Florida is home to one of the most robust and expanding economies in the United States. In fact, with a GDP that is larger than most countries (17th largest in the world), Florida is a global economic power, and to increase our standing, it is crucial that the state is able to successfully attract new and expanding businesses.
When businesses decide where to relocate or expand, many factors can tip the scales in one direction or the other. Created as a way to encourage investment by offsetting taxes, fees, or other costs, economic development incentives can make a significant difference for a new or expanding business considering a change. Every state offers some kind of incentives to businesses, generally using reductions in taxes, loans from the state, or grants to make their state the best option for specific companies or industries.
The competition among states in attracting businesses is fierce, because convincing a large company to relocate or build an office, manufacturing plant, etc., in a state can lead to tens of thousands of jobs, and billions of dollars in capital flowing through that state’s economy.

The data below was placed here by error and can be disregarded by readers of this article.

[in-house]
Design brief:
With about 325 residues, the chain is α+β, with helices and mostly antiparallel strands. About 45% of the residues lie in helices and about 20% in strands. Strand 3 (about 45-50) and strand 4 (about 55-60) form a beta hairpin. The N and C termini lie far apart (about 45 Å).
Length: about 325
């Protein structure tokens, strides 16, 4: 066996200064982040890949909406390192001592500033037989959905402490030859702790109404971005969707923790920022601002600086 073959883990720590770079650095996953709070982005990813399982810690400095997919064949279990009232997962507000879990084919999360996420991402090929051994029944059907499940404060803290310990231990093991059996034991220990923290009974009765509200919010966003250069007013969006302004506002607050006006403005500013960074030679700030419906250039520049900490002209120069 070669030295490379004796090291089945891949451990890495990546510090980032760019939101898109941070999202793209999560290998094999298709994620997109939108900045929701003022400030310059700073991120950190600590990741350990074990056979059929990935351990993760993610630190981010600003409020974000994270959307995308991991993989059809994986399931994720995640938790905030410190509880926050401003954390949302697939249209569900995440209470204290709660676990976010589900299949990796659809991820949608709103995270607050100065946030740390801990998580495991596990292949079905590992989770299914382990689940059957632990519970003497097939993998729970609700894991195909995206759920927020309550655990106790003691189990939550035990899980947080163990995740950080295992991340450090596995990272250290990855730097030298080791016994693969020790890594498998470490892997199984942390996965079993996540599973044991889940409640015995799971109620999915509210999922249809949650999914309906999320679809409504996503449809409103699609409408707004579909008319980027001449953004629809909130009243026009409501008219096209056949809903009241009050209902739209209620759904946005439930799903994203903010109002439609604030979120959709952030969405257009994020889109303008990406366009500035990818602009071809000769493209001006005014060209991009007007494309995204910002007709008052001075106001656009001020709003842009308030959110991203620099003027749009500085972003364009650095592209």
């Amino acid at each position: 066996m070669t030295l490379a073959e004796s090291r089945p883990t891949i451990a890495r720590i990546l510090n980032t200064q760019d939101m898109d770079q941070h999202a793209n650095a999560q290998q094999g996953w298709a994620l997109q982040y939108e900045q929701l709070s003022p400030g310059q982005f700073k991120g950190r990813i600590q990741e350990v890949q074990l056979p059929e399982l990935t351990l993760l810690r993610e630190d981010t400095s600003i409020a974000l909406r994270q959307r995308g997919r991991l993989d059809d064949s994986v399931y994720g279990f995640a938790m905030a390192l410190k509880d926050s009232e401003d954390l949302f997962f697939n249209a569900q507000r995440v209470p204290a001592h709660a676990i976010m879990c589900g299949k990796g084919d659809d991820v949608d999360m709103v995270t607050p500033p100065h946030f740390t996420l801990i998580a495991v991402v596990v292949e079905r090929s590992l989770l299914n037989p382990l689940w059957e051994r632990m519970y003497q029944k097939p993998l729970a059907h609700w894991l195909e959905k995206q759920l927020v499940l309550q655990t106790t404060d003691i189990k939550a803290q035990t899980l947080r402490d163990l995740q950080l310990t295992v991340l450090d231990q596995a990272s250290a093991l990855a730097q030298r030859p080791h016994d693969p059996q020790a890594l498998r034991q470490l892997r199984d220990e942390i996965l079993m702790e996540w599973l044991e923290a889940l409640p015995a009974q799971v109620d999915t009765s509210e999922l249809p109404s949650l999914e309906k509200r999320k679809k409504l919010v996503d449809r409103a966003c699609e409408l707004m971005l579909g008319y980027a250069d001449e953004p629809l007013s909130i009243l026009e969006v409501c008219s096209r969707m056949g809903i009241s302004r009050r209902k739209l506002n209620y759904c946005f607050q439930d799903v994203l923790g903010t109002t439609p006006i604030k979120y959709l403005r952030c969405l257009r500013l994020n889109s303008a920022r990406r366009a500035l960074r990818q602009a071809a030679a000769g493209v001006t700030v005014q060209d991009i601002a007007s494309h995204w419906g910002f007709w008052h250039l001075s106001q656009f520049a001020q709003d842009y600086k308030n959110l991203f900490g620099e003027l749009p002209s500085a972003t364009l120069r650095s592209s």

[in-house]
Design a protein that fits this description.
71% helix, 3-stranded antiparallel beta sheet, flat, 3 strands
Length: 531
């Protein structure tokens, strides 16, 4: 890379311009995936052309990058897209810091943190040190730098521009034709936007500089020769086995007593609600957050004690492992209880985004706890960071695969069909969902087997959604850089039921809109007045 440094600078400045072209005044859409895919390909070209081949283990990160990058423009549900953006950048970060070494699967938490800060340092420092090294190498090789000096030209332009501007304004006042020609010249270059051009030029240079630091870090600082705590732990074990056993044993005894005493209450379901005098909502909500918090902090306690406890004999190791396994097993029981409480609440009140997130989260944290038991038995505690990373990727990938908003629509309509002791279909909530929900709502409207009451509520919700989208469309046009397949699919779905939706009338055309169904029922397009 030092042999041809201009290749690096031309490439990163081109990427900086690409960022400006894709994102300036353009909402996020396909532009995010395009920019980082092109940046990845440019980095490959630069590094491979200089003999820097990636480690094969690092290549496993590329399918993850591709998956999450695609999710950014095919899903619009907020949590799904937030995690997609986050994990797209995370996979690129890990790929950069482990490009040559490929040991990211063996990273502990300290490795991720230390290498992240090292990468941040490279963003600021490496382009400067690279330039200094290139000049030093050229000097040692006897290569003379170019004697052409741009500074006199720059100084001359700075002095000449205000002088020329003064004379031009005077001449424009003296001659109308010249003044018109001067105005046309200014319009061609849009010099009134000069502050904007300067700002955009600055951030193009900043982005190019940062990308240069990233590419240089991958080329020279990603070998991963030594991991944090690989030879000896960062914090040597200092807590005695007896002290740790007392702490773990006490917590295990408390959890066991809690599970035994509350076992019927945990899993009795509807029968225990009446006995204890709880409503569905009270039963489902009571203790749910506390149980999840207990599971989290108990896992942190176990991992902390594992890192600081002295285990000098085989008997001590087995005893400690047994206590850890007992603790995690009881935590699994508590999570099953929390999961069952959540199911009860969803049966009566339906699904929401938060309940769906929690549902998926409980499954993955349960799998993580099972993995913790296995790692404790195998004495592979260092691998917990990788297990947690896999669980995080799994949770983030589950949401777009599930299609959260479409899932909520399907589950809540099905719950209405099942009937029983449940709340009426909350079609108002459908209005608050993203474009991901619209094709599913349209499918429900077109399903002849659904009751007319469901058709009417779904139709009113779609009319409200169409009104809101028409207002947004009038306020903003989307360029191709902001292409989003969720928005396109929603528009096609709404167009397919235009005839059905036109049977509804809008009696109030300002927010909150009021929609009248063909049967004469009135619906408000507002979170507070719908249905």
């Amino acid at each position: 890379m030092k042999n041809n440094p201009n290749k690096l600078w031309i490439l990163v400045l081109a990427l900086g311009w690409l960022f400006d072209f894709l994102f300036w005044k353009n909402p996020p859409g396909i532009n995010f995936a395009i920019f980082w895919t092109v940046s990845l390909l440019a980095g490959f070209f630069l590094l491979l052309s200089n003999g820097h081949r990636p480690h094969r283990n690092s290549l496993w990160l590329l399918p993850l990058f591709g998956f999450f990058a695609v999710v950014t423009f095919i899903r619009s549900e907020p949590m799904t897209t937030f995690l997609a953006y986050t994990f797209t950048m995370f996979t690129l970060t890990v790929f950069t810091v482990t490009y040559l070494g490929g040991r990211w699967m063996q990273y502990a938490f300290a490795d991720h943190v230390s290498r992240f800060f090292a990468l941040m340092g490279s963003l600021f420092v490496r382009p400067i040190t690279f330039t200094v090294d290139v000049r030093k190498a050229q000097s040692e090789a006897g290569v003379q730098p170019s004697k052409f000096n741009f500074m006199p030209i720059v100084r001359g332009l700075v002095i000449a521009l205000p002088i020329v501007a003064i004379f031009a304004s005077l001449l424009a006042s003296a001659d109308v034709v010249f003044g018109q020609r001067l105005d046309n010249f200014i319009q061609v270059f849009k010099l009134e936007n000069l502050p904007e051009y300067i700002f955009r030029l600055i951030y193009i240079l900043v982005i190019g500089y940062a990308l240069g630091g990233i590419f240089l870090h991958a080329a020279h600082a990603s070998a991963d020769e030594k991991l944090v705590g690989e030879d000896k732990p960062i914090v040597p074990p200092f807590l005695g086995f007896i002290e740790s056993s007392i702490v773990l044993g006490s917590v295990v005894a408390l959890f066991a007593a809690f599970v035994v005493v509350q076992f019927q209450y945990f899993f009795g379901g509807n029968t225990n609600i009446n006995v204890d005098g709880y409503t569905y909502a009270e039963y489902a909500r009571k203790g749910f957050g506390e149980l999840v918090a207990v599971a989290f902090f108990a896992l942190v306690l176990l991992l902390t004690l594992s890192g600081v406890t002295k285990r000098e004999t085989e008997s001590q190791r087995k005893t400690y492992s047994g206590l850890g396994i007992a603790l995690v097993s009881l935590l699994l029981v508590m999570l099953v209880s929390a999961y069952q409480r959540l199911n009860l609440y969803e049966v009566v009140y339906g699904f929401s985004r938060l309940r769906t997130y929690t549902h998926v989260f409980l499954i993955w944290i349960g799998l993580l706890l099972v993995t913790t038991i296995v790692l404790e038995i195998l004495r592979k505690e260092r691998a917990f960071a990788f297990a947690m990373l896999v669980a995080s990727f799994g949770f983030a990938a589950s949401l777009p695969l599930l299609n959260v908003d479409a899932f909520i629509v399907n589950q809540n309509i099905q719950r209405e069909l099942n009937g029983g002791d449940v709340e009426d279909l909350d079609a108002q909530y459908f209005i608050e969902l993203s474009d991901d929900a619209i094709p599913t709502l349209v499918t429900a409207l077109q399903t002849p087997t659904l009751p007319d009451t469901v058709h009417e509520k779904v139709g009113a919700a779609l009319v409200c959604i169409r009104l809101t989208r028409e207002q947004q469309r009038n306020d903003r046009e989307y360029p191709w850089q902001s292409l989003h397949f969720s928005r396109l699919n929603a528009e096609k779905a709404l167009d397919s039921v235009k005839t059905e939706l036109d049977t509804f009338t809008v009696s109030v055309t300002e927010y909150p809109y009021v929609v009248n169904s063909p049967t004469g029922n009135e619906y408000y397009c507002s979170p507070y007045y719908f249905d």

As technology has given businesses the ability to invest almost anywhere, the use of economic development incentives has grown significantly, creating a bit of an arms race between states competing for job creation and economic development. While these benefits are seen by critics as a “handout” to business, a state attempting to compete in the modern economy without using at least some incentives would be akin to a college in a major athletic conference attempting to field competitive teams without offering the scholarships available to them.
It would be naïve to believe that a state could successfully implement a robust economic development strategy without offering appropriate companies an environment within which they could flourish, create new jobs, and provide a positive economic impact. Incentives are, and must be seen as, simply one tool in the economic development arsenal of a state government, but the impact of this one tool can have long-lasting effects. Economic development incentives are not a substitute for the fundamentals of good economic growth, like a good tax structure and a well-trained workforce, but they cannot be ignored as a part of the overall strategy for economic development.